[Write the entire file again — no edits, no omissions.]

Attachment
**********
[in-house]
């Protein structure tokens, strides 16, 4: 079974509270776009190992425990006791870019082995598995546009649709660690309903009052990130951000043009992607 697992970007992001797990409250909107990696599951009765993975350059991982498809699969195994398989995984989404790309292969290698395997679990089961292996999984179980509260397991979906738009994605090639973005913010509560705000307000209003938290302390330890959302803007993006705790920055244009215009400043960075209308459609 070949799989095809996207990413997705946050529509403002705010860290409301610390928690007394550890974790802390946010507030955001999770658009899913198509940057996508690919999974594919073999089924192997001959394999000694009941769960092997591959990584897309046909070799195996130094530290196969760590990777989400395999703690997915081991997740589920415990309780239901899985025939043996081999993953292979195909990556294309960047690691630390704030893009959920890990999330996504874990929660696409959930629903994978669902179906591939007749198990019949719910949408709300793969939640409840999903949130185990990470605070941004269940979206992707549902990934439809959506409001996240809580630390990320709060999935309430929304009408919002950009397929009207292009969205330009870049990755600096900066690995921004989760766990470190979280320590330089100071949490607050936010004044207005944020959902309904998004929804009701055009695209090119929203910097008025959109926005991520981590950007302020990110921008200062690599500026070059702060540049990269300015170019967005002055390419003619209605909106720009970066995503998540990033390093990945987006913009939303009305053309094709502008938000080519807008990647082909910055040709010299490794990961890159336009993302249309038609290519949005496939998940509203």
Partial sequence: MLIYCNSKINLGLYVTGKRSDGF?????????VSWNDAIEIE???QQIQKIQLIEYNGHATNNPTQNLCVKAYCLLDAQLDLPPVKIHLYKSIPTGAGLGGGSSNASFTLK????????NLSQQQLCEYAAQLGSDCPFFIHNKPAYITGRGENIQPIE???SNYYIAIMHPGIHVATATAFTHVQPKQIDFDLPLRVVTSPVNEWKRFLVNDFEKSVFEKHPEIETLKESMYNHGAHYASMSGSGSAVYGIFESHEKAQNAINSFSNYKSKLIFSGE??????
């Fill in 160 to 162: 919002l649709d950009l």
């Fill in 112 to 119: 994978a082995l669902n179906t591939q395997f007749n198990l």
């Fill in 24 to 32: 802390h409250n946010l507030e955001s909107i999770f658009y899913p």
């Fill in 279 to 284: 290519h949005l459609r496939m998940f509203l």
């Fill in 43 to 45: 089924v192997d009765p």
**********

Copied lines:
[in-house]
């Protein structure tokens, strides 16, 4: 079974509270776009190992425990006791870019082995598995546009649709660690309903009052990130951000043009992607 697992970007992001797990409250909107990696599951009765993975350059991982498809699969195994398989995984989404790309292969290698395997679990089961292996999984179980509260397991979906738009994605090639973005913010509560705000307000209003938290302390330890959302803007993006705790920055244009215009400043960075209308459609 070949799989095809996207990413997705946050529509403002705010860290409301610390928690007394550890974790802390946010507030955001999770658009899913198509940057996508690919999974594919073999089924192997001959394999000694009941769960092997591959990584897309046909070799195996130094530290196969760590990777989400395999703690997915081991997740589920415990309780239901899985025939043996081999993953292979195909990556294309960047690691630390704030893009959920890990999330996504874990929660696409959930629903994978669902179906591939007749198990019949719910949408709300793969939640409840999903949130185990990470605070941004269940979206992707549902990934439809959506409001996240809580630390990320709060999935309430929304009408919002950009397929009207292009969205330009870049990755600096900066690995921004989760766990470190979280320590330089100071949490607050936010004044207005944020959902309904998004929804009701055009695209090119929203910097008025959109926005991520981590950007302020990110921008200062690599500026070059702060540049990269300015170019967005002055390419003619209605909106720009970066995503998540990033390093990945987006913009939303009305053309094709502008938000080519807008990647082909910055040709010299490794990961890159336009993302249309038609290519949005496939998940509203």
Partial sequence: MLIYCNSKINLGLYVTGKRSDGF?????????VSWNDAIEIE???QQIQKIQLIEYNGHATNNPTQNLCVKAYCLLDAQLDLPPVKIHLYKSIPTGAGLGGGSSNASFTLK????????NLSQQQLCEYAAQLGSDCPFFIHNKPAYITGRGENIQPIE???SNYYIAIMHPGIHVATATAFTHVQPKQIDFDLPLRVVTSPVNEWKRFLVNDFEKSVFEKHPEIETLKESMYNHGAHYASMSGSGSAVYGIFESHEKAQNAINSFSNYKSKLIFSGE??????
């Fill in 160 to 162: 919002l649709d950009l």
């Fill in 112 to 119: 994978a082995l669902n179906t591939q395997f007749n198990l």
């Fill in 24 to 32: 802390h409250n946010l507030e955001s909107i999770f658009y899913p």
């Fill in 279 to 284: 290519h949005l459609r496939m998940f509203l």
């Fill in 43 to 45: 089924v192997d009765p």